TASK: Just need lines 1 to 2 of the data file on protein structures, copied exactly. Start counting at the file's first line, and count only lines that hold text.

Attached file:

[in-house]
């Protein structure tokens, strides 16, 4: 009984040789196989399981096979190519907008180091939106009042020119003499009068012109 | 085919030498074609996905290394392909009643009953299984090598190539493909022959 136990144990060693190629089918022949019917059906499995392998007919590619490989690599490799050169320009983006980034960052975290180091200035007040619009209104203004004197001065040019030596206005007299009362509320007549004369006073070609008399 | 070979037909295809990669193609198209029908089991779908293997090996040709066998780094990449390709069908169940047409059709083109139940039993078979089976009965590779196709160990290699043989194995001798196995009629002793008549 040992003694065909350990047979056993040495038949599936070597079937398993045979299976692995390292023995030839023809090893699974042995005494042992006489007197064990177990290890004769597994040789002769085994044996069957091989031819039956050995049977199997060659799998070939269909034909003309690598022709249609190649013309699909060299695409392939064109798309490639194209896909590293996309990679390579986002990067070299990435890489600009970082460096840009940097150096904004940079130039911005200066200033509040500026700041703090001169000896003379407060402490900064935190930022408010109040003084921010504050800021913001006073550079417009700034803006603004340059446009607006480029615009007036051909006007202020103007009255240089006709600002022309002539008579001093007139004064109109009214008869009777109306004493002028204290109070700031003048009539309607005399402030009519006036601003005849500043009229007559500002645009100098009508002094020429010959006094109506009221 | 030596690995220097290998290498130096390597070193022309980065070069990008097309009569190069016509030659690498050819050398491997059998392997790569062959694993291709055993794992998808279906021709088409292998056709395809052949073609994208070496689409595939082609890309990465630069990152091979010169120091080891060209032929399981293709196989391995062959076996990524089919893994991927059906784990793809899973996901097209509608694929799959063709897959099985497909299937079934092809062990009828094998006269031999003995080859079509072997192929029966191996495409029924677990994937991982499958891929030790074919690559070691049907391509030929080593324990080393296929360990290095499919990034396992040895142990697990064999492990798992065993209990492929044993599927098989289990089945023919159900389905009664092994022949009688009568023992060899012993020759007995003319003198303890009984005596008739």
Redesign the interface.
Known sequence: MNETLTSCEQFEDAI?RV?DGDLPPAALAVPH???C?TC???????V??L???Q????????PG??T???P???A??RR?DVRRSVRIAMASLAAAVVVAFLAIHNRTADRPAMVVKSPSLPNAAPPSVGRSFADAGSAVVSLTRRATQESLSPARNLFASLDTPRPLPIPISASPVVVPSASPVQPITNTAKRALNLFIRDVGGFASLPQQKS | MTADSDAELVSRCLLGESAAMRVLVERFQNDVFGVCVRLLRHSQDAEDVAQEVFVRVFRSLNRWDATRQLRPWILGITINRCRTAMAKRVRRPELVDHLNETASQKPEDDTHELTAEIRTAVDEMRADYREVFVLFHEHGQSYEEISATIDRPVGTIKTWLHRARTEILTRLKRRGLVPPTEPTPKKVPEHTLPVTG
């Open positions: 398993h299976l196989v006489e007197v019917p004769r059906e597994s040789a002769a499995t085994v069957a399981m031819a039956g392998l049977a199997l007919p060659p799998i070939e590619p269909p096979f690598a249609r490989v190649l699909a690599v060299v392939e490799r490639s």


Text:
[in-house]
């Protein structure tokens, strides 16, 4: 009984040789196989399981096979190519907008180091939106009042020119003499009068012109 | 085919030498074609996905290394392909009643009953299984090598190539493909022959 136990144990060693190629089918022949019917059906499995392998007919590619490989690599490799050169320009983006980034960052975290180091200035007040619009209104203004004197001065040019030596206005007299009362509320007549004369006073070609008399 | 070979037909295809990669193609198209029908089991779908293997090996040709066998780094990449390709069908169940047409059709083109139940039993078979089976009965590779196709160990290699043989194995001798196995009629002793008549 040992003694065909350990047979056993040495038949599936070597079937398993045979299976692995390292023995030839023809090893699974042995005494042992006489007197064990177990290890004769597994040789002769085994044996069957091989031819039956050995049977199997060659799998070939269909034909003309690598022709249609190649013309699909060299695409392939064109798309490639194209896909590293996309990679390579986002990067070299990435890489600009970082460096840009940097150096904004940079130039911005200066200033509040500026700041703090001169000896003379407060402490900064935190930022408010109040003084921010504050800021913001006073550079417009700034803006603004340059446009607006480029615009007036051909006007202020103007009255240089006709600002022309002539008579001093007139004064109109009214008869009777109306004493002028204290109070700031003048009539309607005399402030009519006036601003005849500043009229007559500002645009100098009508002094020429010959006094109506009221 | 030596690995220097290998290498130096390597070193022309980065070069990008097309009569190069016509030659690498050819050398491997059998392997790569062959694993291709055993794992998808279906021709088409292998056709395809052949073609994208070496689409595939082609890309990465630069990152091979010169120091080891060209032929399981293709196989391995062959076996990524089919893994991927059906784990793809899973996901097209509608694929799959063709897959099985497909299937079934092809062990009828094998006269031999003995080859079509072997192929029966191996495409029924677990994937991982499958891929030790074919690559070691049907391509030929080593324990080393296929360990290095499919990034396992040895142990697990064999492990798992065993209990492929044993599927098989289990089945023919159900389905009664092994022949009688009568023992060899012993020759007995003319003198303890009984005596008739």